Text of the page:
As many of you know, I have an affection for motorized vehicles (the boss is rolling her eyes – “more like ‘addiction’, thank you” she’d say). In the past, I’ve torque-fed that affection, but after about ten years of such goofing around, I grew weary of what I now fondly call “stupid cars”. Although I am now playing with “stupid motorcycles“, cars aren’t entirely out of my system.
I am overdue to officially blog-unveil the Über-Slëd – so dubbed, most endearingly, by my friend Tom.
She’s a 1991 Mercedes Benz 350 SDL. She currently has ~75K original miles on her clock. For the non-car-nuts in the crowd, the model name dissects as follows:
- 350 means it’s a 3.5L engine (it’s a straight-6); that’s about 215 in3 for you Americanos.
- S means it’s an S class – the big guy in the product line.
- D means its’ a diesel engine – more on this in a second.
- L means it’s the “long wheelbase” model. What does ‘long’ mean? Just assume that my kids and your kids could play soccer in the back seat and get winded running to and fro.
- 1991 means she’s older than some of the folks reading this .
She joined the stable in mid-February. For the MB geeks in the crowd, this was the last model year of the W126 chassis, and, yes, this model uses the OM603.97 engine that has a bad rep (deservedly so) for bending conrods – c’est la vie.
So why on earth would someone buy an eighteen year old car? Early-onset dementia is always a reasonable assumption, but there was some logic involved too.
First, I wanted a big car again. My last big car (and my only previous Benz) was a 2003 S55 which was a superb beast (493 hp/516 lb-ft – YOW!), but which I ultimately only kept for a year since the boss wouldn’t drive it. She still gleefully drives my old 1998 Audi A4 2.8 QMS with ~110K miles on the clock. In fact, she seems to have taken a page out of Moses’s book on the stupid old thing, continuously mumbling something about her “cold dead hands”.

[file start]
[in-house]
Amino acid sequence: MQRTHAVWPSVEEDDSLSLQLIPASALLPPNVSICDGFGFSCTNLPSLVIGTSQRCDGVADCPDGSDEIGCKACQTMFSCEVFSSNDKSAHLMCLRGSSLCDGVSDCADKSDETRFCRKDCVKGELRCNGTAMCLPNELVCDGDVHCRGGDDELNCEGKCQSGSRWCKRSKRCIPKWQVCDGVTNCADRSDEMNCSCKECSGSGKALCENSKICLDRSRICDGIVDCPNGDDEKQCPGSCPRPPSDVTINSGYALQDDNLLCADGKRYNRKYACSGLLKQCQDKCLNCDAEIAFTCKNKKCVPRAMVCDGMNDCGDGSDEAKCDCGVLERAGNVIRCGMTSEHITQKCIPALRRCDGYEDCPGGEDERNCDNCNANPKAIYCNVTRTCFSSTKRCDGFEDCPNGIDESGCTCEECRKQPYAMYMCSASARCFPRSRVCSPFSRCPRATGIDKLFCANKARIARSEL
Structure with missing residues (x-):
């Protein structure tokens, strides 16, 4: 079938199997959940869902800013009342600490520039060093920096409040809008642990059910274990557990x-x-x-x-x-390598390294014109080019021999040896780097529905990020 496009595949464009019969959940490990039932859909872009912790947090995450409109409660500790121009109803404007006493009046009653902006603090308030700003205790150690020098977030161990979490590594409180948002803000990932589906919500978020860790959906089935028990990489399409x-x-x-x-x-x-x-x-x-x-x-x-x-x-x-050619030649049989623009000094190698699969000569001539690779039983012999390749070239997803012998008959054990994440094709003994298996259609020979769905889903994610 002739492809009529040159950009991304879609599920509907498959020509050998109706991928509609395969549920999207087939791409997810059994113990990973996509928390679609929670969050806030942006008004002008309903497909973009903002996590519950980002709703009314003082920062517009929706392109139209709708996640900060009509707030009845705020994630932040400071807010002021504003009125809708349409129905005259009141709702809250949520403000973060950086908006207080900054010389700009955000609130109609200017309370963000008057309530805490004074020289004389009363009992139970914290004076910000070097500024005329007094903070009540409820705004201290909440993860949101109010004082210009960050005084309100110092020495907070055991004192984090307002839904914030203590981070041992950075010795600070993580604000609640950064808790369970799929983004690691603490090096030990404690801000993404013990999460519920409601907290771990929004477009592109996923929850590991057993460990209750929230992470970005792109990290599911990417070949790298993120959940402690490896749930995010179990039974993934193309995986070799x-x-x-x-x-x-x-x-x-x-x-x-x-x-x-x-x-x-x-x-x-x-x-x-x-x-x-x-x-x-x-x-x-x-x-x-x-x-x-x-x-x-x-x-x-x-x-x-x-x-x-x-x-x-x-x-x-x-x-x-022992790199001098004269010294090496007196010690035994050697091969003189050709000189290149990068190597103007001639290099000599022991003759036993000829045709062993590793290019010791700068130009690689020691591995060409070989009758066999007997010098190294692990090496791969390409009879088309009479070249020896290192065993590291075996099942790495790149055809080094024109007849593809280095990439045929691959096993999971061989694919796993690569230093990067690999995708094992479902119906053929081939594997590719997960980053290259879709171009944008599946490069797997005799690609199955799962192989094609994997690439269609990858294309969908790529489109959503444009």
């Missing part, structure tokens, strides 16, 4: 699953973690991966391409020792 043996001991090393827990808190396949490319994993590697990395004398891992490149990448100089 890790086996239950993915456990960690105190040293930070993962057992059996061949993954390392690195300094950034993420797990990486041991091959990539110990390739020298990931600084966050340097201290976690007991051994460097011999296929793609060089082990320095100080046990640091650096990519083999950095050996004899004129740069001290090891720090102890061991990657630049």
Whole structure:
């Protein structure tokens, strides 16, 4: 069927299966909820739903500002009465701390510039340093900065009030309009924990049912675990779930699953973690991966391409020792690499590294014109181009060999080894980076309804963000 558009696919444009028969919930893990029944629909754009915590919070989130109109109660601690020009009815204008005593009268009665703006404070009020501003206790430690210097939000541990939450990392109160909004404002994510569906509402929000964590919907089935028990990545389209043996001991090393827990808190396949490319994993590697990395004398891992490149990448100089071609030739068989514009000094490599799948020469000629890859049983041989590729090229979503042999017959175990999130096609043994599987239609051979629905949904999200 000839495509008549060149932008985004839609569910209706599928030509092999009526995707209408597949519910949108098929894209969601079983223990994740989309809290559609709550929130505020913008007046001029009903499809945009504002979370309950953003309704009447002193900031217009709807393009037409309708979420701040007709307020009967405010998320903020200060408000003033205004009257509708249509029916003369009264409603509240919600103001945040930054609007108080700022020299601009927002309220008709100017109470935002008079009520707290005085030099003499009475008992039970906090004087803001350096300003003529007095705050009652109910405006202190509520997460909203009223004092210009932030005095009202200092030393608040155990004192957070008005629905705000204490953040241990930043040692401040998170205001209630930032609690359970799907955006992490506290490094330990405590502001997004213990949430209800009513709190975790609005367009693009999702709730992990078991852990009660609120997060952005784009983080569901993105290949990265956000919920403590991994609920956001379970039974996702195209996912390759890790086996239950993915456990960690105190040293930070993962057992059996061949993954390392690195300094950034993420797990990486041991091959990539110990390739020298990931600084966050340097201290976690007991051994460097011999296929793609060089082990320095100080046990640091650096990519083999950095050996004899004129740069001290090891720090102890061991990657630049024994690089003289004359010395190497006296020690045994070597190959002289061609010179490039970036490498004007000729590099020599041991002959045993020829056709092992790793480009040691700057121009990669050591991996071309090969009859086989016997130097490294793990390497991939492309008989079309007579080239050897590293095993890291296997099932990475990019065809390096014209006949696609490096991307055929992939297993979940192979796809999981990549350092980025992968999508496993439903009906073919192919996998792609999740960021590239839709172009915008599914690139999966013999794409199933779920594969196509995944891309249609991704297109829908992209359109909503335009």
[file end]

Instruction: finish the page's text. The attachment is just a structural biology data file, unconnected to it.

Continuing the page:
I wanted a big car for two reasons: space and safety. I wanted a ton of room in the back for the monsters and all their crap – whether we’re driving to school in the morning, or going on vacation. Oodles of space in the boot was also a requirement, and this car has a three-body trunk . As to the safety issue, I have previously blogged on that. This car is, pardon my French, a fucking tank. Will refers to it ‘studly’.
Of course the challenge with big cars in today’s petrol market is that they’re damn expensive to get from point A to point B. As such (and my second reason for picking this monster up) I wanted to play with alternative fuels.
This old diesel engine hopefully has a few hundred thousand miles left on her. She is currently slated for a conversion to burn vegetable oil. Diesel engines were built from the get-go by Rudolf Diesel to combust just about anything, and Rudy’s first demonstration of his new engine design was a single-cylinder machination running on, of all things, peanut oil! I really like the idea of re-using an old machine (the decades-old car, which is in stellar shape) and fueling it with something that historically has been a waste product.
Obviously I’m not going to single-handedly solve America’s petrol addiction, but I look forward to playing with this stuff. As I like to say, “you can take the boy out of the geek, but…”